There’s no better way to protect your computer from malware than by using antivirus software. Viruses, worms, trojans and other forms of malware typically have a unique signature. Antivirus software will scan your computer in search of these signatures. Upon detecting a potential piece of malware, though, antivirus software may ask you if you want to quarantine it. What is quarantining exactly, and will it really neutralize the malware?
The Basics of Quarantining
Quarantining is exactly what it sounds like: the process of isolating a potential piece of malware from the rest of your computer. It’s a feature built into most antivirus products. Antivirus software will scan your computer for malware — typically uses signature-based scanning technology — after which it may offer quarantining as a solution to deal with identified malware.
What Happens to Quarantined Malware?
When malware is quarantined, it’s not deleted or otherwise removed. The malware will remain on your computer. Quarantined malware is simply placed in a separate, isolated area of your computer’s storage drive so that it doesn’t affect the rest of your computer’s files.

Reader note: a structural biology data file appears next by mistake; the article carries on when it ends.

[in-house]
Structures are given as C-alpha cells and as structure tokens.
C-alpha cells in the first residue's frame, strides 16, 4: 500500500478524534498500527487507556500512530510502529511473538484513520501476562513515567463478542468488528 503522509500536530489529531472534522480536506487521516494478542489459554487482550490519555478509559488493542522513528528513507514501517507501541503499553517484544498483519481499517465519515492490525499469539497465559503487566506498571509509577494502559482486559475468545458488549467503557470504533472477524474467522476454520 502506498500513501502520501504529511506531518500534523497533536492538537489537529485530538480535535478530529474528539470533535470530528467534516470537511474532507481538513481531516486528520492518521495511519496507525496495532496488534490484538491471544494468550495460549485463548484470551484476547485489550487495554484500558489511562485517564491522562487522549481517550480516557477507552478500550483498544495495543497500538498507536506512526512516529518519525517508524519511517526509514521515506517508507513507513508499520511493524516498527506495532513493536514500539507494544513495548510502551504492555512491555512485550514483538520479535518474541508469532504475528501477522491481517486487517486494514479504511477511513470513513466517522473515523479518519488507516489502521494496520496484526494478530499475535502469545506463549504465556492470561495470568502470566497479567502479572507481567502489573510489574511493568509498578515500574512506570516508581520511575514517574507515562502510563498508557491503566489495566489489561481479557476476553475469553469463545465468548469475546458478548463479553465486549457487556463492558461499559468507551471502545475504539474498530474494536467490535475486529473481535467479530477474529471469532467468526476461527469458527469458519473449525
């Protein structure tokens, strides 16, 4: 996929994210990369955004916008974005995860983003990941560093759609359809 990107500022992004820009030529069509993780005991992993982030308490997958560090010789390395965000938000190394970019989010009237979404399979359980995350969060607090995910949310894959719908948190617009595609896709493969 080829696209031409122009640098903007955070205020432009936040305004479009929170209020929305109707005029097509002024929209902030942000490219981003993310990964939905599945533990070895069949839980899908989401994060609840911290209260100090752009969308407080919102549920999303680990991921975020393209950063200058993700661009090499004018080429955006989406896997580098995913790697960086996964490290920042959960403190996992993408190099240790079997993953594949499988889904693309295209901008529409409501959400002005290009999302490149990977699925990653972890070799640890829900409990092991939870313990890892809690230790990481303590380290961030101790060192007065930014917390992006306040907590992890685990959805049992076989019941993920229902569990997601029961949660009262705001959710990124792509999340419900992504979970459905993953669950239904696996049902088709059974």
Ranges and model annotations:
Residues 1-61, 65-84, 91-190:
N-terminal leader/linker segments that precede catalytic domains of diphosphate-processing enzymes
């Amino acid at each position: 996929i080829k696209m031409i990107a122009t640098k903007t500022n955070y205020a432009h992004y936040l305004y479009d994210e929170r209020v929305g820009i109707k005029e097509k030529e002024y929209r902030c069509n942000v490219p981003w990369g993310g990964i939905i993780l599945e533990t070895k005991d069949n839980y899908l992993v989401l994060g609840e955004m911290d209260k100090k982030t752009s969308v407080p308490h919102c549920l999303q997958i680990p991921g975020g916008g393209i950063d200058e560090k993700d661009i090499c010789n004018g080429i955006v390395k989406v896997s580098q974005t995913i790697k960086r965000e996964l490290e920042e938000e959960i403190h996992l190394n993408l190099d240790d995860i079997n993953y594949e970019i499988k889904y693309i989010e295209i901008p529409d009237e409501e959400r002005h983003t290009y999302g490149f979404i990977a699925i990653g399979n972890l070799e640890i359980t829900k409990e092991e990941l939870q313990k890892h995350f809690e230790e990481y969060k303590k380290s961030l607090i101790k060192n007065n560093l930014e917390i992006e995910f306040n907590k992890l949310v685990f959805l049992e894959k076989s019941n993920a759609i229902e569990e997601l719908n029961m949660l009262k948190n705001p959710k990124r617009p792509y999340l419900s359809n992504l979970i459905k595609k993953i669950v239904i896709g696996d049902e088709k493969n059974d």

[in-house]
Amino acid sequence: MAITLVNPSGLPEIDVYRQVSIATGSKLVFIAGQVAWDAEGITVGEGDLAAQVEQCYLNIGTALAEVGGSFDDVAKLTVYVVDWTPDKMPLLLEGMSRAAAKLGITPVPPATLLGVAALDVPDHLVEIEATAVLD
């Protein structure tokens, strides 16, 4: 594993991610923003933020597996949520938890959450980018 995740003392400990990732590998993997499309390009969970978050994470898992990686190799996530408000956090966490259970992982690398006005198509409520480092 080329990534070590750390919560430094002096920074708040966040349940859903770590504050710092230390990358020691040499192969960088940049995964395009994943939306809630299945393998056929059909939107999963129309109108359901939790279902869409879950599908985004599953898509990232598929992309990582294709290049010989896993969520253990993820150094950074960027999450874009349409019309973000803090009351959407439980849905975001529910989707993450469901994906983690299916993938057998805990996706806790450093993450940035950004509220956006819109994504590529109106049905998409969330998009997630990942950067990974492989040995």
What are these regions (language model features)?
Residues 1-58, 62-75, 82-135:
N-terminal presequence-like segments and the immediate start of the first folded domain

Quarantined malware is essentially harmless. It will still consume space on your computer’s storage drive, but it won’t be able to carry out its malicious activities. Quarantined viruses, for instance, can’t self-replicate, nor can they can spread to other parts of your computer or other devices on your computer’s network. Quarantined keyloggers, conversely, can’t log your keystrokes. When quarantined, malware is confined to a separate and isolated area of your computer’s storage drive.
Quarantining vs Deleting: Which Is Best?
In addition to quarantining, antivirus products may offer to delete malware. Deleting will completely remove the malware from your computer. With that said, the problem with deleting malware is that antivirus software may wrongfully identify legitimate files as threats. Antivirus software isn’t immune to errors. It may identify a legitimate file as a threat. And if you choose the option to delete the legitimate file, it may interfere with your computer’s operations.
Quarantining is generally a safer solution. You can remove files from the quarantined status. If you discover that a legitimate file was wrongfully quarantined by the antivirus software, you can un-quarantine it. Deleted files, on the other hand, are typically unrecoverable. You can’t recover a file if you choose the option to delete it. Therefore, quarantining is safer than deleting files. Quarantining will only isolate the file so that it’s separated from the rest of your computer’s files.